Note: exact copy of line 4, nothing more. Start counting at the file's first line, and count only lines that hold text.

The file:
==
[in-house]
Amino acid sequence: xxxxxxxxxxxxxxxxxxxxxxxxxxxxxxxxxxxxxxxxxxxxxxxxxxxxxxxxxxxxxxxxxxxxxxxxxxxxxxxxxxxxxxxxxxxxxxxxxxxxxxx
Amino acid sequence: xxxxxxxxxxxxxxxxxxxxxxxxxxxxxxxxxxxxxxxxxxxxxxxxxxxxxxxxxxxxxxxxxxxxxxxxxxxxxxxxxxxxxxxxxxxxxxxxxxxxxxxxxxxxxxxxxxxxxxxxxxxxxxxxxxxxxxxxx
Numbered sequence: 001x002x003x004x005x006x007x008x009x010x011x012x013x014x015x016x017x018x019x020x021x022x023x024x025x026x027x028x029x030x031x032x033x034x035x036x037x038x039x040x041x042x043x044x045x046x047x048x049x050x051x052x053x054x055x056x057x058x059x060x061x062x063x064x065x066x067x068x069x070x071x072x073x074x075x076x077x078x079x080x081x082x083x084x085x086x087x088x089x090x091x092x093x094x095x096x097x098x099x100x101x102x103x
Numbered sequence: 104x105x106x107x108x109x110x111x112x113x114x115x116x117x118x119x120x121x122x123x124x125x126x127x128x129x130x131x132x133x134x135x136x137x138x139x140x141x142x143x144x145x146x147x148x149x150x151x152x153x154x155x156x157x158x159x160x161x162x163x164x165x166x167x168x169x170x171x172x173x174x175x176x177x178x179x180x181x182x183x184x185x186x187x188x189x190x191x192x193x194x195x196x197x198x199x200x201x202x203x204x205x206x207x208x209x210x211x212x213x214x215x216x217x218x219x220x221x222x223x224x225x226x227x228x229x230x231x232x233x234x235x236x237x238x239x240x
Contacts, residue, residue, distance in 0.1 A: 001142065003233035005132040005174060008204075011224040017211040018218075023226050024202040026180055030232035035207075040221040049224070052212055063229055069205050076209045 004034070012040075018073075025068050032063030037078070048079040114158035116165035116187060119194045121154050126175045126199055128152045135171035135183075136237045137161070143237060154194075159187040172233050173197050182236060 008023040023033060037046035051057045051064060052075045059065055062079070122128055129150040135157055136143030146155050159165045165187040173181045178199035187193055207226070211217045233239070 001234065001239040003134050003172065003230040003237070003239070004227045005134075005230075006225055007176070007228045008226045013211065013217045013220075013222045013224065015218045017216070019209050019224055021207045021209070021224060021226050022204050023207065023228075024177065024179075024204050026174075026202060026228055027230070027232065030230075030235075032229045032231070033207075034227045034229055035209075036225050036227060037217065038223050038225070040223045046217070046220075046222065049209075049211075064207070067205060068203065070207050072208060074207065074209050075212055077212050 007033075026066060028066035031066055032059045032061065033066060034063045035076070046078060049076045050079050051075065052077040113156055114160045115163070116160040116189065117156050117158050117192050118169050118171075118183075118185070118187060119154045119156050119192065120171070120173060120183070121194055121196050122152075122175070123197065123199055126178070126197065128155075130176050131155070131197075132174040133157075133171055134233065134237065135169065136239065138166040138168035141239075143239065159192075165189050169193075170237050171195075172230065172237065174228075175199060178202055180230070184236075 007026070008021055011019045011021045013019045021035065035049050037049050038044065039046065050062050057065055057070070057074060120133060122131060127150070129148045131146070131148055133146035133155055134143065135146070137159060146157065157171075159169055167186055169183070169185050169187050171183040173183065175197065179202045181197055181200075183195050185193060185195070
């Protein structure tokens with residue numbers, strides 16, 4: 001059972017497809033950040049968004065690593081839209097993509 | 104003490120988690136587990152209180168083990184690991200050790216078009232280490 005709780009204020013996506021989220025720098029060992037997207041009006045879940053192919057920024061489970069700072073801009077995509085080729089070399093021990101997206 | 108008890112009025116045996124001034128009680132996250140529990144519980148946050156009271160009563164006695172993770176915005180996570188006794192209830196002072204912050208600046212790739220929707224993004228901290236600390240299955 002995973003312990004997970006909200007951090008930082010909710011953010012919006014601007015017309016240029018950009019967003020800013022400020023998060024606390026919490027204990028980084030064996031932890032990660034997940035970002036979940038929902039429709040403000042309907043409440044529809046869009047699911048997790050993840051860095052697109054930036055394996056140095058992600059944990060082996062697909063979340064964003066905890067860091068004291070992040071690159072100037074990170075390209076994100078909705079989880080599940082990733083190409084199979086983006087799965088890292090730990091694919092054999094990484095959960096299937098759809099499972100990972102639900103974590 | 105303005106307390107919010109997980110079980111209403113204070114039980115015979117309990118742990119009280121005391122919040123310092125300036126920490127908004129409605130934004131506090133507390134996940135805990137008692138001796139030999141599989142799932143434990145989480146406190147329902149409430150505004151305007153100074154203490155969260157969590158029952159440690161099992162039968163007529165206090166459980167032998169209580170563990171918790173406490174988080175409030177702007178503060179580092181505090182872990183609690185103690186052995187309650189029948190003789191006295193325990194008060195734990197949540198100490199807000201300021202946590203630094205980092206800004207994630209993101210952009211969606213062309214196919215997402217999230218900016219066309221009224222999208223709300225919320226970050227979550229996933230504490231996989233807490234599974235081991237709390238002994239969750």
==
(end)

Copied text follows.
Numbered sequence: 001x002x003x004x005x006x007x008x009x010x011x012x013x014x015x016x017x018x019x020x021x022x023x024x025x026x027x028x029x030x031x032x033x034x035x036x037x038x039x040x041x042x043x044x045x046x047x048x049x050x051x052x053x054x055x056x057x058x059x060x061x062x063x064x065x066x067x068x069x070x071x072x073x074x075x076x077x078x079x080x081x082x083x084x085x086x087x088x089x090x091x092x093x094x095x096x097x098x099x100x101x102x103x